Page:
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I instanciate my VM like this:

DataContext="{Binding Source={StaticResource ViewModelLocatorService}, Path=FlowDateRatchetViewModel}"

Which is fine, but when I'm binding to my commands, I usually do this:

Command="{Binding ElementName=ucFlowDateRatchets, Path=DataContext.AddFlowDateRatchetCommand}"

Which is what I have to do when I'm in a template as the DataContext is within the ViewModel, and this allows me to start from the top.

Is there a way to do something like:

    <VM:FlowDateRatchet x:key="FlowDateRatchetViewModel" Constructor?????={Binding....

so that the command would be:

Command="{Binding Source={StaticResource FlowDateRatchetViewModel}, Path=AddFlowDateRatchetCommand}"

I always seem to have trouble ensuring that I'm starting at the right context when I specify my databinding, and this syntax would ensure the root was stable. IMHO

Where am I going wrong?

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1 Answer 1

Dan Wahlin Had a very simliar issue, and wanted to simplify the binding to the DataContext of parent control and came up with this beauty: DataContextProxy. While I was attempting to instanciate a class and gain referenc to it (just like you gain reference to a class via the DataContext property), Dan took another route and allows the DataContext to create and gain reference to the instanciated class. As he describes in his article, he has created a class that references the DataContext property of the parent object, and exposes that reference in a User.Resources reference (hence the Proxy suffix!). Bindings can then gain a reference by simply using the StaticReference binding attribute.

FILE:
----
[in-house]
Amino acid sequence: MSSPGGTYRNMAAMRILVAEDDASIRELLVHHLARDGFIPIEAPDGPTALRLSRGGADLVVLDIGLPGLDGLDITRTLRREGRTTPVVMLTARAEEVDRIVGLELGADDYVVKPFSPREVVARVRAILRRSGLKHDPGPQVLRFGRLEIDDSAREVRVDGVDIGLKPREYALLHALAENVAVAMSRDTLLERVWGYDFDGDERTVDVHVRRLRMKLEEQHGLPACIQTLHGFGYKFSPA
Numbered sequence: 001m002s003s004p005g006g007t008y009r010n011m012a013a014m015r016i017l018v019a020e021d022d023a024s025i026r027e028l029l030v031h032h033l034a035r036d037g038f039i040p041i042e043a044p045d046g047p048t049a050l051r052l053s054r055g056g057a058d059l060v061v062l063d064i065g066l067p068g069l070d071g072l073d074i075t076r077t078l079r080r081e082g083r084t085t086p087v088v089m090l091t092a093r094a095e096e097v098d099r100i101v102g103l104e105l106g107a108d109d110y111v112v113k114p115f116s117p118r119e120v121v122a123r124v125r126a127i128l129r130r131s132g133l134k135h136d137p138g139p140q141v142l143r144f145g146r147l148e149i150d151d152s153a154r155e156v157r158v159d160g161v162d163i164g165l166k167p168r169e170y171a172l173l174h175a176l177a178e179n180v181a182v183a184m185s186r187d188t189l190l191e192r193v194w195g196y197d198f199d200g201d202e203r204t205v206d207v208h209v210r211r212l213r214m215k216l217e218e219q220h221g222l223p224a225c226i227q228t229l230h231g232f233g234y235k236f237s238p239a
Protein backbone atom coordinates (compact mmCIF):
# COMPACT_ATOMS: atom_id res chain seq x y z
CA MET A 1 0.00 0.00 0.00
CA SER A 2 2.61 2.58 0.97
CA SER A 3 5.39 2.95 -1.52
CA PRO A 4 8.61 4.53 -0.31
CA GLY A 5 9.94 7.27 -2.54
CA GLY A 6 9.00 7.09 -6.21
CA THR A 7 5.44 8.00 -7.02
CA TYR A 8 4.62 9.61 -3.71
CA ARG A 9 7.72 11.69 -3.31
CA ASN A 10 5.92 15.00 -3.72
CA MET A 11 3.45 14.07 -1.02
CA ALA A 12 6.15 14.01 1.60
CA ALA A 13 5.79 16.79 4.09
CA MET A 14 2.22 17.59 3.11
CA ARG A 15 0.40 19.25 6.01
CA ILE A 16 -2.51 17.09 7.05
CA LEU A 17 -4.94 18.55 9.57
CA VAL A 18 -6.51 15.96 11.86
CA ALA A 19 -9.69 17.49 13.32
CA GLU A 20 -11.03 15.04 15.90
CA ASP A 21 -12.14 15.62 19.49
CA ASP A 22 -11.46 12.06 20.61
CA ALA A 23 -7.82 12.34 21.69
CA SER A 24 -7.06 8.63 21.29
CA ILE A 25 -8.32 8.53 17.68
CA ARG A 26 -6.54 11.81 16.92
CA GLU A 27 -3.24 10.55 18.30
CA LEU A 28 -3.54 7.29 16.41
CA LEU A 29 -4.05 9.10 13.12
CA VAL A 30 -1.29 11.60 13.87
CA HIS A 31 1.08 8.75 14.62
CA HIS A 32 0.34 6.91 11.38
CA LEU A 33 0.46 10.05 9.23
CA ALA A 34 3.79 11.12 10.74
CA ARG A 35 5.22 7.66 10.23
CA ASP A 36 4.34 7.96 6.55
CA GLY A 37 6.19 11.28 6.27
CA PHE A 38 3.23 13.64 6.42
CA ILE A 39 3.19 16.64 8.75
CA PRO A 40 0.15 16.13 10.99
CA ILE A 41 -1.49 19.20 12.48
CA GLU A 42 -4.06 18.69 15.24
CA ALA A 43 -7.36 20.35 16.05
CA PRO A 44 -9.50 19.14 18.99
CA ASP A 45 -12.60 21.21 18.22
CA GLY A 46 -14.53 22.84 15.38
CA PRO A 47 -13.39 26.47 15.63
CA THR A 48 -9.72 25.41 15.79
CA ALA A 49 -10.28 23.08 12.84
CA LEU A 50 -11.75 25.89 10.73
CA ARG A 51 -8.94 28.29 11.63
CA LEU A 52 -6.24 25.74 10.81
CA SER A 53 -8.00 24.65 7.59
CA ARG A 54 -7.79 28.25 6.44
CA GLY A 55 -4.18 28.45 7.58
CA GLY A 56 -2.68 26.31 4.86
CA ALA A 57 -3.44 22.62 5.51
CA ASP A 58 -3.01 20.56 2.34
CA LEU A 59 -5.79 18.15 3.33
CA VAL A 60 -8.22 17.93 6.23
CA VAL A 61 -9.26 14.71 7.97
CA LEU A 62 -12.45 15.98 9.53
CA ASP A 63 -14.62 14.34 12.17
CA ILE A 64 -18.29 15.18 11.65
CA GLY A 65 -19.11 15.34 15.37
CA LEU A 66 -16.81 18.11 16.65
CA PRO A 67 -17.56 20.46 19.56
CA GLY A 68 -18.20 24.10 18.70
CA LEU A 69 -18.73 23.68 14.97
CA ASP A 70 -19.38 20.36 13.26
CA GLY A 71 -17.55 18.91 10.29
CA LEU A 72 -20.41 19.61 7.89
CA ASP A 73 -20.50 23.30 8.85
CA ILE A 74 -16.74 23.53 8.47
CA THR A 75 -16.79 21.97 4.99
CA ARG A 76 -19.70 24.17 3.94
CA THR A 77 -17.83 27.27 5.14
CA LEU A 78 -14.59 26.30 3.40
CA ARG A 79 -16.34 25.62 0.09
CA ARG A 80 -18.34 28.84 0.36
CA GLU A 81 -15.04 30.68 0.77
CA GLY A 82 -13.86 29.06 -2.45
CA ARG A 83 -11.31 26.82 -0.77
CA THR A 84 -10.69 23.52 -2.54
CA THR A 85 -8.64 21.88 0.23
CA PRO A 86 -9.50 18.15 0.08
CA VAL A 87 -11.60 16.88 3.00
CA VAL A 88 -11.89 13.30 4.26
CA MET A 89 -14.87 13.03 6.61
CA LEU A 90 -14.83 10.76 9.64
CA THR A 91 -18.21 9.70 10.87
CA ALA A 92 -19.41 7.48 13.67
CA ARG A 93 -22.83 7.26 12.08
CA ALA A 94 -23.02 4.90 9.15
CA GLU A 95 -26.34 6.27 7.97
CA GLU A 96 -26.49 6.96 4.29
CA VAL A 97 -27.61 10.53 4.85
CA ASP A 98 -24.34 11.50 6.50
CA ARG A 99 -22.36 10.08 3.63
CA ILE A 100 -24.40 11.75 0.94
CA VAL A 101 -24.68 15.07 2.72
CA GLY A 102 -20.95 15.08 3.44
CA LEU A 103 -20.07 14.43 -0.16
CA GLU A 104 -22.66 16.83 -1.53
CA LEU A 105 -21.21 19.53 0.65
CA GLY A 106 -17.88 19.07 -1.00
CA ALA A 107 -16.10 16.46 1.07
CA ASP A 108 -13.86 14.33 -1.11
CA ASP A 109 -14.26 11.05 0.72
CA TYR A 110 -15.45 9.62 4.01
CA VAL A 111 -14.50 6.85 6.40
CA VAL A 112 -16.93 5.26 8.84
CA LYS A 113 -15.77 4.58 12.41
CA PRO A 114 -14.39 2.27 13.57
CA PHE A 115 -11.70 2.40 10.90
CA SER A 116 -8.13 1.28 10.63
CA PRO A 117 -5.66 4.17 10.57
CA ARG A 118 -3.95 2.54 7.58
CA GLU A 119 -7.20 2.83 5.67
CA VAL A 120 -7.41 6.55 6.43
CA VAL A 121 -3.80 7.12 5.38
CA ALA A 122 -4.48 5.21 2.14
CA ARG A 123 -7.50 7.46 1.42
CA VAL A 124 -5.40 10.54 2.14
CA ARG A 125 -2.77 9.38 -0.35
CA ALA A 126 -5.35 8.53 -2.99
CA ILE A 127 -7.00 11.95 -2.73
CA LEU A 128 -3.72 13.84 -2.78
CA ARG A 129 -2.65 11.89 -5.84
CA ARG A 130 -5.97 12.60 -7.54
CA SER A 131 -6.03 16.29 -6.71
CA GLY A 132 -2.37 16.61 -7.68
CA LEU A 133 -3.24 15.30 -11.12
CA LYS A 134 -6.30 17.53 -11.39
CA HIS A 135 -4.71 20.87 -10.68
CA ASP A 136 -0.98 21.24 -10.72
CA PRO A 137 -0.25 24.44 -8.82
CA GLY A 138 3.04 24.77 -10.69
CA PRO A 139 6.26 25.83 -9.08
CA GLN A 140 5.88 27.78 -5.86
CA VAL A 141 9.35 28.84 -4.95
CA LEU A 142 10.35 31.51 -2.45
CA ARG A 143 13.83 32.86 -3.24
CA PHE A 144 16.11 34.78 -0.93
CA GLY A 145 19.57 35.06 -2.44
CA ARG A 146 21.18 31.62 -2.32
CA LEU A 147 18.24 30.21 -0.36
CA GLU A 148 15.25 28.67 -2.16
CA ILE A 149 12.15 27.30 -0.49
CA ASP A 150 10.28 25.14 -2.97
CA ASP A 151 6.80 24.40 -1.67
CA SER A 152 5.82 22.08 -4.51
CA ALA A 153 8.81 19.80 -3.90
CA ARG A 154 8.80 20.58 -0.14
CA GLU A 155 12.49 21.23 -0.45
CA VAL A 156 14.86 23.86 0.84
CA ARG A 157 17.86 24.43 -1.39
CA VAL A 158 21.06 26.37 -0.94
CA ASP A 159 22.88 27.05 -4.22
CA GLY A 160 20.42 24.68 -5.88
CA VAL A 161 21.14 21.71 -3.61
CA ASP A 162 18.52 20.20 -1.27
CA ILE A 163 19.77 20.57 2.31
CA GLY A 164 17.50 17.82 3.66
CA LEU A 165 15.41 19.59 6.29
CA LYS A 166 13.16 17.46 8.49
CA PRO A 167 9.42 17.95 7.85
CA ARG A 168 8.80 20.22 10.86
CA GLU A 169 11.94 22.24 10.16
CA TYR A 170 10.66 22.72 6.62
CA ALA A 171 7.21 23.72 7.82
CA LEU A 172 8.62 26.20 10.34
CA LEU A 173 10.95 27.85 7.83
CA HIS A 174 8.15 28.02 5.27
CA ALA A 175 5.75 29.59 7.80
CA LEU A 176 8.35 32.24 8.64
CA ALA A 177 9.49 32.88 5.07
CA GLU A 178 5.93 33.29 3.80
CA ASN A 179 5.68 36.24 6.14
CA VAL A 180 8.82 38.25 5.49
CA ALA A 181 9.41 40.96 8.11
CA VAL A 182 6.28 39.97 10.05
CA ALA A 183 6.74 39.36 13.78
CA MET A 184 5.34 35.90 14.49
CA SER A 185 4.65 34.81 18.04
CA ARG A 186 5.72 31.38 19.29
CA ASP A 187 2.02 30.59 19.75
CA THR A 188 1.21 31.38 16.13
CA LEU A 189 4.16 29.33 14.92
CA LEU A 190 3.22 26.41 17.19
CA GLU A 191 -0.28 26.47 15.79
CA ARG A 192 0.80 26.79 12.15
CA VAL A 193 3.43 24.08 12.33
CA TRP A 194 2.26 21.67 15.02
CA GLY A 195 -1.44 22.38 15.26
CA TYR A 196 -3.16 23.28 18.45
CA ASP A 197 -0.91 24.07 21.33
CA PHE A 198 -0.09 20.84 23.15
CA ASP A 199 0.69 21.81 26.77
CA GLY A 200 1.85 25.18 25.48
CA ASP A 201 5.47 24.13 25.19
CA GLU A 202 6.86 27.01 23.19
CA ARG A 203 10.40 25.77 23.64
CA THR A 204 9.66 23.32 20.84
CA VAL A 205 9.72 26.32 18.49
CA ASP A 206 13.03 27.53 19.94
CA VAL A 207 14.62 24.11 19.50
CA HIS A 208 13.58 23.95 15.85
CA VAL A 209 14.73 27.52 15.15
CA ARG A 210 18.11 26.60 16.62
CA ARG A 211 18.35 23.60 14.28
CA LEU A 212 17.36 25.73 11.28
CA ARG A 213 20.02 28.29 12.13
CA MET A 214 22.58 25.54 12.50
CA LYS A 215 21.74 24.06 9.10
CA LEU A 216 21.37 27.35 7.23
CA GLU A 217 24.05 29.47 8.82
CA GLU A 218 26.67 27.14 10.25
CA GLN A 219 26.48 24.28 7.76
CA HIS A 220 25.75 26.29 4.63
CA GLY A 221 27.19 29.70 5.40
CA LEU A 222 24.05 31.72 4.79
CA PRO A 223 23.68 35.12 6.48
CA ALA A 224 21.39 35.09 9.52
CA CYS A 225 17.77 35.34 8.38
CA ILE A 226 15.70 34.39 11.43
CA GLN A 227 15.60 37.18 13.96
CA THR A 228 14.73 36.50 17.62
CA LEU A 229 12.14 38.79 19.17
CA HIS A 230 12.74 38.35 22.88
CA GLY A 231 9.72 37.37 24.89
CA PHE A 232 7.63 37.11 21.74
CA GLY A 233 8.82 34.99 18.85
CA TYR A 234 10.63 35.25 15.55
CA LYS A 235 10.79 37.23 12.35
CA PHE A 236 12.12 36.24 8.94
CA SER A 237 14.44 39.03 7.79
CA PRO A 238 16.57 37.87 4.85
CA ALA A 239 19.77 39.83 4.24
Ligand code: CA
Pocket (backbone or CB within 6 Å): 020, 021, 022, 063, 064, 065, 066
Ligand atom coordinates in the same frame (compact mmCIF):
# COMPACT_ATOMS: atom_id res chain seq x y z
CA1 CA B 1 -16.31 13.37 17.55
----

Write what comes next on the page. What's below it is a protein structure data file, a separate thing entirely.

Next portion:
I was accomplishing the same thing by either 1) naming the UserControl, and using the ElementName attribute (disadvantage is that you have named the UC, and mulitple uses of the same UC would result in duplicate names on a page), or 2) in SL5 using the RelativeSource, and via AncestorType, pointing it to the UserControl. Both of which are long winded and require the path to be Path="DataContext." which I hated.

Still experimenting, but I think this will do the trick nicely, and ensure clarity in the bindings.

I made one small change, and sprinkled a little RX love to subscribe to an event via a weak reference:

          .Subscribe(pEvent => DataContextProxy_Loaded(pEvent.Sender, pEvent.EventArgs));

rather than

this.Loaded += new RoutedEventHandler(DataContextProxy_Loaded);
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